Remember CDOs? They’re Baaaack!

Like Poltergeist II, prepare for CDOs II.

poltergeistII

(Here is Poltergeist II trailer –  https://www.youtube.com/watch?v=rH-B6A04iK0 )

Remember those financial instruments known as Collateralized Debt Obligations that caused the 2008 Great Recession?  Well they never went away.  In fact they are baaack.

The Financial Crisis Inquiry Commission concluded that CDOs were one of the major causes of the 2008 Great Recession as shown at this website.

http://fcic-static.law.stanford.edu/cdn_media/fcic-reports/fcic_final_report_conclusions.pdf

For 2014, global CDO Issuance is back to 2004 levels valued at about $135 billion.

Collateralized loan obligations (CLOs) are CDOs based on bank loans. Many of the subprime loans have been packaged and sold as CLOs.

The following chart shows that Collateralized Loan Obligations (CLOs) in 2014 have reached the same level as 2007 or $35 billion.  Total outstanding CLOs in the US amount to $300 billion.

clo_banks

Though the large financial institutions have backed away from collateralizing mortgages, they are now doing it for commodities such as gold, silver and oil.  Here is one example.

https://www.google.com/search?q=jpmorgan+precious+metals+as+collateral&ie=utf-8&oe=utf-8

 

http://theeconomiccollapseblog.com/archives/plummeting-oil-prices-destroy-banks-holding-trillions-commodity-derivatives

 

Another problem is not the collateral but the reselling of the same assets. In 2007 one financial firm sold 610 out of 3,400 CDOs more than once. That is nearly 18%.  Let me repeat.  More than once.

Because buyers are dealing with paper not physical assets, how do they know they are trading real, actual commodities? If the markets started to go down and everyone wanted their physical commodities such as gold, what if there was not enough gold to meet all the obligations?  Would there be an international panic?

Update
Evidently CDOs were not selling as well as desired.  So the banks have renamed them “bespoke tranche opportunities.”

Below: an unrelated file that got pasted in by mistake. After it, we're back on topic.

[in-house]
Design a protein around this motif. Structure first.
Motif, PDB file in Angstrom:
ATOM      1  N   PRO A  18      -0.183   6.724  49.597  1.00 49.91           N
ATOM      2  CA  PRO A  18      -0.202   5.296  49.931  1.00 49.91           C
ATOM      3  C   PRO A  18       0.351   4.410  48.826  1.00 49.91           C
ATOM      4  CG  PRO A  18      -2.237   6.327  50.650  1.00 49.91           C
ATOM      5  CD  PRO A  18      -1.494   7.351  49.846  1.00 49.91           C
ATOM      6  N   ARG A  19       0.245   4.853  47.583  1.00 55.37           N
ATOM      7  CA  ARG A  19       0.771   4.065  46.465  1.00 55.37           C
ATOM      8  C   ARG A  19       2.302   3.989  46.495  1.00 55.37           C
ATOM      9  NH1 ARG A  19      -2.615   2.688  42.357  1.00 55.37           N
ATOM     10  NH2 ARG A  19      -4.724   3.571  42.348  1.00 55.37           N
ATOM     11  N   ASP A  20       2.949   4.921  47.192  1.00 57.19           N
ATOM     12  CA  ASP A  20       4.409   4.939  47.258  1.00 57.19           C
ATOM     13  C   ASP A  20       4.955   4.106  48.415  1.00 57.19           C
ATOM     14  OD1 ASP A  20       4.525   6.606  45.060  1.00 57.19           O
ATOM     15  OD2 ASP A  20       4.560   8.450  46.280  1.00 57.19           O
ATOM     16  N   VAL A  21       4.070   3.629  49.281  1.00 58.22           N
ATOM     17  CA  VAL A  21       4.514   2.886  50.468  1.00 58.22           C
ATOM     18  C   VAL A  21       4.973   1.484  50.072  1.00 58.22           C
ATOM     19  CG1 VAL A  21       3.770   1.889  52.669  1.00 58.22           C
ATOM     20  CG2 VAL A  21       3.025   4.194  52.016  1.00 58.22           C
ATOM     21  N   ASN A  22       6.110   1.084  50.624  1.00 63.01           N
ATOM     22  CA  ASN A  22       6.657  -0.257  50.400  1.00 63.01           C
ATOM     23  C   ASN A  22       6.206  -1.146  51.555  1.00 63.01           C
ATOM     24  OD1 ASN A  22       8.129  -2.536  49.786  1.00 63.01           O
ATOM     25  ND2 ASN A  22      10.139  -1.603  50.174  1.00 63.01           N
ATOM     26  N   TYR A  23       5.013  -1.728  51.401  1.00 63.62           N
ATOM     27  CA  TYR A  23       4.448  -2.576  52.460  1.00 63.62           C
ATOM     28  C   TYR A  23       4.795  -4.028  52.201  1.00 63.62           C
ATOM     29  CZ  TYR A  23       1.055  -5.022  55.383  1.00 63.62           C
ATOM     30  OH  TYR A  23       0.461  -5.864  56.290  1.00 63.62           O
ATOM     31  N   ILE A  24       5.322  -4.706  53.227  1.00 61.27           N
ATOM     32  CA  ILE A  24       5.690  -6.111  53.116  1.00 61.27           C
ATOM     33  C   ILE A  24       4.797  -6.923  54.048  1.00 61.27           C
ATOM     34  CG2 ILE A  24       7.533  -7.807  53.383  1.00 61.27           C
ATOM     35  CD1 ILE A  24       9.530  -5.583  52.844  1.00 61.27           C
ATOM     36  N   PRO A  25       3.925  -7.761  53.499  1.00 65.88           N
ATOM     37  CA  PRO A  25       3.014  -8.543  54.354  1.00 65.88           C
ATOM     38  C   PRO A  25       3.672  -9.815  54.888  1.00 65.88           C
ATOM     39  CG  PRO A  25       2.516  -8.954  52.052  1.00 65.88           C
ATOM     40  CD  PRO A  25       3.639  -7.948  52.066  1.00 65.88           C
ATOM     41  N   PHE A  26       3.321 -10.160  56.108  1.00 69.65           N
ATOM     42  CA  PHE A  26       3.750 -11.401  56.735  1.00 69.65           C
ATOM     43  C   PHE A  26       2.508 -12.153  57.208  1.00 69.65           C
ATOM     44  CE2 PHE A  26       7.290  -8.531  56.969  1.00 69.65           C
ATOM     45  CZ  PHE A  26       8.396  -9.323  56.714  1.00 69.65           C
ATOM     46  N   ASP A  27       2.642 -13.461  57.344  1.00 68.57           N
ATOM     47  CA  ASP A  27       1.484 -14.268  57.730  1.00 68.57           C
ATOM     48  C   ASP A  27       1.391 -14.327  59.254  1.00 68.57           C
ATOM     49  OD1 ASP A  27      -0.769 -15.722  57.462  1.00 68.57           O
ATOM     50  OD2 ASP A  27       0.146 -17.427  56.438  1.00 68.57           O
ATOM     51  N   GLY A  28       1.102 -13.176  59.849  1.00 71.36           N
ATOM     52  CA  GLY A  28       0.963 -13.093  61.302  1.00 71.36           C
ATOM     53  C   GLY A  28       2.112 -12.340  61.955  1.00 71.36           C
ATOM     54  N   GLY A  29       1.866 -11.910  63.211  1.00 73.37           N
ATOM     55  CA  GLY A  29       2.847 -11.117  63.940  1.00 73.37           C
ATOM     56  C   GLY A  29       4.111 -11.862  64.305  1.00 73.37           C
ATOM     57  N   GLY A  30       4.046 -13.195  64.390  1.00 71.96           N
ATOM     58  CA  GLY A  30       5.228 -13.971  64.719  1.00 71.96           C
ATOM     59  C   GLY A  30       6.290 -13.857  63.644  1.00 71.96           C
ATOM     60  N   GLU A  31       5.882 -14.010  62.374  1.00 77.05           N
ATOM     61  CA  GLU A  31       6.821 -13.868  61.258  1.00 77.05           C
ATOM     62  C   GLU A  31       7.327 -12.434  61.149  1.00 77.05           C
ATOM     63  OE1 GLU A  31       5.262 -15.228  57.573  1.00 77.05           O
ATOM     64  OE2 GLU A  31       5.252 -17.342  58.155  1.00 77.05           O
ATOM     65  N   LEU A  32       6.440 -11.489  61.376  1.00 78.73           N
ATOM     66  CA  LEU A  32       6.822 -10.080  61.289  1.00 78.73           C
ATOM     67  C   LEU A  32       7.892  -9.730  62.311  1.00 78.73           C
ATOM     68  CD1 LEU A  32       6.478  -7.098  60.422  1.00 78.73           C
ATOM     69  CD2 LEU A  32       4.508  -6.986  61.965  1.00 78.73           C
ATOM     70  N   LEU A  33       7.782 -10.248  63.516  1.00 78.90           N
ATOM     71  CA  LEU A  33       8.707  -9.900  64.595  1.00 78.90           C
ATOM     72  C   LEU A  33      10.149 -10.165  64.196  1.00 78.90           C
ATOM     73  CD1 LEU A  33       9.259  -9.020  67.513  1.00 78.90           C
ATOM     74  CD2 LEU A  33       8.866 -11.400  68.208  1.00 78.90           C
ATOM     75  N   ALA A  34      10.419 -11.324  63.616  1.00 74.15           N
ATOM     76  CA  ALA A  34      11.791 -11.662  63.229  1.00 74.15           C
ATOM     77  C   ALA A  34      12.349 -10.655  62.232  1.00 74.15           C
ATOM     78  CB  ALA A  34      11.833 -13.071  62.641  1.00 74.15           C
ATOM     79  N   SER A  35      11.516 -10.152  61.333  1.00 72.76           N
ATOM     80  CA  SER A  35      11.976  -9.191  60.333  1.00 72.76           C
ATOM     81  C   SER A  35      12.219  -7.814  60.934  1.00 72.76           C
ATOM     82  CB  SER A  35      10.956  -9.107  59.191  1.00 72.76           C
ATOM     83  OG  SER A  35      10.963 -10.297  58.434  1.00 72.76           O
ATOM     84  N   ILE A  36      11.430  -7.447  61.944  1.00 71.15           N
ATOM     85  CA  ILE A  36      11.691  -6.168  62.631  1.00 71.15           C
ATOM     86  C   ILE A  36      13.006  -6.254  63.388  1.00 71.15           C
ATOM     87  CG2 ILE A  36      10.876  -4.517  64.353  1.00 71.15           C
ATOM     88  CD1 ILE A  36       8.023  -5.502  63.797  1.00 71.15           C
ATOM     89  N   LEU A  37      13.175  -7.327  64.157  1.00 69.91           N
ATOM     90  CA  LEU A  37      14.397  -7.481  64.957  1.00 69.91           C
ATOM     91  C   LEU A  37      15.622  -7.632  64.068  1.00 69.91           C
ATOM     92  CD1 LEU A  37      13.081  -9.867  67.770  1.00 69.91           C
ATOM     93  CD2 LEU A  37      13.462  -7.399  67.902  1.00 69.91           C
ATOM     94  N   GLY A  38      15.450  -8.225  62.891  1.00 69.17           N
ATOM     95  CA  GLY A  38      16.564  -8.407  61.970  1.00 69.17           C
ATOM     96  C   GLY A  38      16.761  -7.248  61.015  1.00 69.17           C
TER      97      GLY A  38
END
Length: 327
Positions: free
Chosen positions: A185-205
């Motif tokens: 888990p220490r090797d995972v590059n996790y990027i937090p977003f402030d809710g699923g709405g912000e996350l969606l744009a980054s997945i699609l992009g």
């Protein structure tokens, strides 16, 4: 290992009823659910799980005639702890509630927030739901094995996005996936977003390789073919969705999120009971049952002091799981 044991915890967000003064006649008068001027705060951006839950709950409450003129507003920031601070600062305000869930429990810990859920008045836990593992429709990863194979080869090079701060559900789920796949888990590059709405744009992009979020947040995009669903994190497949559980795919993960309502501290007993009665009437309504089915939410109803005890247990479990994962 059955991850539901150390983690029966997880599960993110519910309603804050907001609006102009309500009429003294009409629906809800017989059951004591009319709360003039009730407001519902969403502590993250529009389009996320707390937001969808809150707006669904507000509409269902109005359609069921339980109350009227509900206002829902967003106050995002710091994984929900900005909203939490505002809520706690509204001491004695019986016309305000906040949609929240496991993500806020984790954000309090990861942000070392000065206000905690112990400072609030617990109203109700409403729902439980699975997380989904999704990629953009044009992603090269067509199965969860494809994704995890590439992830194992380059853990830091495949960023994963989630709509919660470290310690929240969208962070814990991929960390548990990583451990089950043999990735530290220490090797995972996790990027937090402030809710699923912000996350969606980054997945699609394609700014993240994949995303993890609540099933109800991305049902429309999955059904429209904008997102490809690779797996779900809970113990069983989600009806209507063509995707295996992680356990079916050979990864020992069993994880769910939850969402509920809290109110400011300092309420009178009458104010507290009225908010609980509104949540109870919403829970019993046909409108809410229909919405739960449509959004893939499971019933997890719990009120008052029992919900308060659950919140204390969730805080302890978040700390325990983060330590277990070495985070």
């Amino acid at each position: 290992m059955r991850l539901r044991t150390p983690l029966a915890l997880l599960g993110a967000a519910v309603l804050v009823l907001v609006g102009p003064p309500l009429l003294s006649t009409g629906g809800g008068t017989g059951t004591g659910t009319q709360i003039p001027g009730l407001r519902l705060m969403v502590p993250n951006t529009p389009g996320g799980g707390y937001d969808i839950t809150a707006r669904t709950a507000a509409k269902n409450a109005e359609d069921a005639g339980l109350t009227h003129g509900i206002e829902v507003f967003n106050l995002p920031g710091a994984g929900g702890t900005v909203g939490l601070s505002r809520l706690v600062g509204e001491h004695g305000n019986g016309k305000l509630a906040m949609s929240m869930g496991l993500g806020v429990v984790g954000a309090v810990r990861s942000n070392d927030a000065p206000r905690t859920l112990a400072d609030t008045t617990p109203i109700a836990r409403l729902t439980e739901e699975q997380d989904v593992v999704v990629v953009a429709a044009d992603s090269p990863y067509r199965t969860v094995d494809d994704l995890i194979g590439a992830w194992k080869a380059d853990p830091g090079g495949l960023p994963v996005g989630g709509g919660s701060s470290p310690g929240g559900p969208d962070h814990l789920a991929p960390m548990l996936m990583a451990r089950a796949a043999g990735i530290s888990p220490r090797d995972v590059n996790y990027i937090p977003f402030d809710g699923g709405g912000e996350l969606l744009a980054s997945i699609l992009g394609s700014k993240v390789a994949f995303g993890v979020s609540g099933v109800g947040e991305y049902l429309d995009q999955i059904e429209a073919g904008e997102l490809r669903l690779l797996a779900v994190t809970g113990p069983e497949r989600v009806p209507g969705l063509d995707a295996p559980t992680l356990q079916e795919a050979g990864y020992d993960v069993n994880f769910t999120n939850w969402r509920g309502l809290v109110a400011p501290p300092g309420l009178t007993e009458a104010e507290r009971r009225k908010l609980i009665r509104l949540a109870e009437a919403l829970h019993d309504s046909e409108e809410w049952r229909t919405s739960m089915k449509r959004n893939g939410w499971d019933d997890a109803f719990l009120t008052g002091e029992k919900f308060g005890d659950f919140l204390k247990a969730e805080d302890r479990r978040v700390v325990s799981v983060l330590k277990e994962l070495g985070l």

BTOs are slightly different, as explained in this website.

http://thinkprogress.org/economy/2015/02/05/3619325/bespoke-tranche-opportunities-are-your-god-now-america/?utm_source=newsletter&utm_medium=email&utm_campaign=tptop3

Thanks

 

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8 Things To Do When Recession Happens

Yeah it is not a matter of IF but WHEN the next recession will happen.  Sorry.  You could go ride a roller coaster to get your mind off of it.  Or you could do these things.

rollercoaster

Recessions occur every 4 to 8 years in a society with capitalism and little regulation.  And since the last one was in 2008….

Here’s what you should do.

1. DON’T PANIC – Stay calm.  Most people will be doing one thing – panicking. You won’t.

2. THINK, THINK, THINK – Be smarter than the rest. Know when to sell, when to buy and, like Kenny Rogers, when to hold.

3. SET UP ALERTS – Get an E*Trade or other brokerage account and set up messages when Dow (DJIA) goes up 3% or goes down 3% in a day.

4. RECALIBRATE AT NOON EASTERN TIME – If you have time, think about your next sell or buy of what and for how much before the market closes.

5. IF UP, SELL – When there is a jump up in stocks, sell your stock and funds 25-35% at a time.  You may have to wait to use the money.   Time is on your side.

6. IF UP AND GOLD IS DOWN, BUY GOLD – Gold usually moves opposite of stocks, so buy gold or gold mining funds such as NEM which will move up when stocks crash.

7. IF UP, BUY SHORTS – Shorts are stock buys that you expect to go down.  Pick losers on purpose.  Also choose bearish ETFs such as PILS and TECS that rise if the stock price of pharmaceutical or tech companies goes down.

8. IF DOWN, WAIT – Remember we agreed to not panic.

There will be four 400+ gains or losses of the DOW before a recession happens.  Anybody can take advantage of them. And I know you will. (There have been 4 days in August and September 2015 with over 400 point ups and downs.)

Or you can go ride a roller coaster to get your mind off of the market’s ups and downs.

P.S. I care about you, but can’t be held responsible for your results.

Revised: 04/10/2016 DUG is volatile since oil producers are considering fixing output quantities.